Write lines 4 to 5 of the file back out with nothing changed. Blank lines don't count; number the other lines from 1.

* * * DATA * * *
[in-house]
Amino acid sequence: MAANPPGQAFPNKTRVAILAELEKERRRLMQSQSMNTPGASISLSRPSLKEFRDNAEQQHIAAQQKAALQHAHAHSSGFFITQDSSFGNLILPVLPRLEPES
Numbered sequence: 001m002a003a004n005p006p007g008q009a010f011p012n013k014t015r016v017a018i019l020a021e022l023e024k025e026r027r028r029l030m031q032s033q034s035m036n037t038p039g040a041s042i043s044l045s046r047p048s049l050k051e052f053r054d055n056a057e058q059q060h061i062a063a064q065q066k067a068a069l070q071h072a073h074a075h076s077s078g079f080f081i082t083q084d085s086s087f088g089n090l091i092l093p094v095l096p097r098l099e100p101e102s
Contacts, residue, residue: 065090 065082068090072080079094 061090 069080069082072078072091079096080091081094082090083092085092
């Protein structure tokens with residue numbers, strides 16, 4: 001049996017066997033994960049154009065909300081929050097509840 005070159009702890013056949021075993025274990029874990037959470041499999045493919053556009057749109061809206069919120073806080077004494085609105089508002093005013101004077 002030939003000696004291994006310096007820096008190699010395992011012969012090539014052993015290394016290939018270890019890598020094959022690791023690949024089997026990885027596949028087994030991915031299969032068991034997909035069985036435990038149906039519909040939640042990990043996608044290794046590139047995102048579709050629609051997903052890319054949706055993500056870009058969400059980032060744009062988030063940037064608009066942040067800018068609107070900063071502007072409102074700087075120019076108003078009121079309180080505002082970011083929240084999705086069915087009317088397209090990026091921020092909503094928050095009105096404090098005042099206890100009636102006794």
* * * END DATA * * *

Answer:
Contacts, residue, residue: 065090 065082068090072080079094 061090 069080069082072078072091079096080091081094082090083092085092
């Protein structure tokens with residue numbers, strides 16, 4: 001049996017066997033994960049154009065909300081929050097509840 005070159009702890013056949021075993025274990029874990037959470041499999045493919053556009057749109061809206069919120073806080077004494085609105089508002093005013101004077 002030939003000696004291994006310096007820096008190699010395992011012969012090539014052993015290394016290939018270890019890598020094959022690791023690949024089997026990885027596949028087994030991915031299969032068991034997909035069985036435990038149906039519909040939640042990990043996608044290794046590139047995102048579709050629609051997903052890319054949706055993500056870009058969400059980032060744009062988030063940037064608009066942040067800018068609107070900063071502007072409102074700087075120019076108003078009121079309180080505002082970011083929240084999705086069915087009317088397209090990026091921020092909503094928050095009105096404090098005042099206890100009636102006794």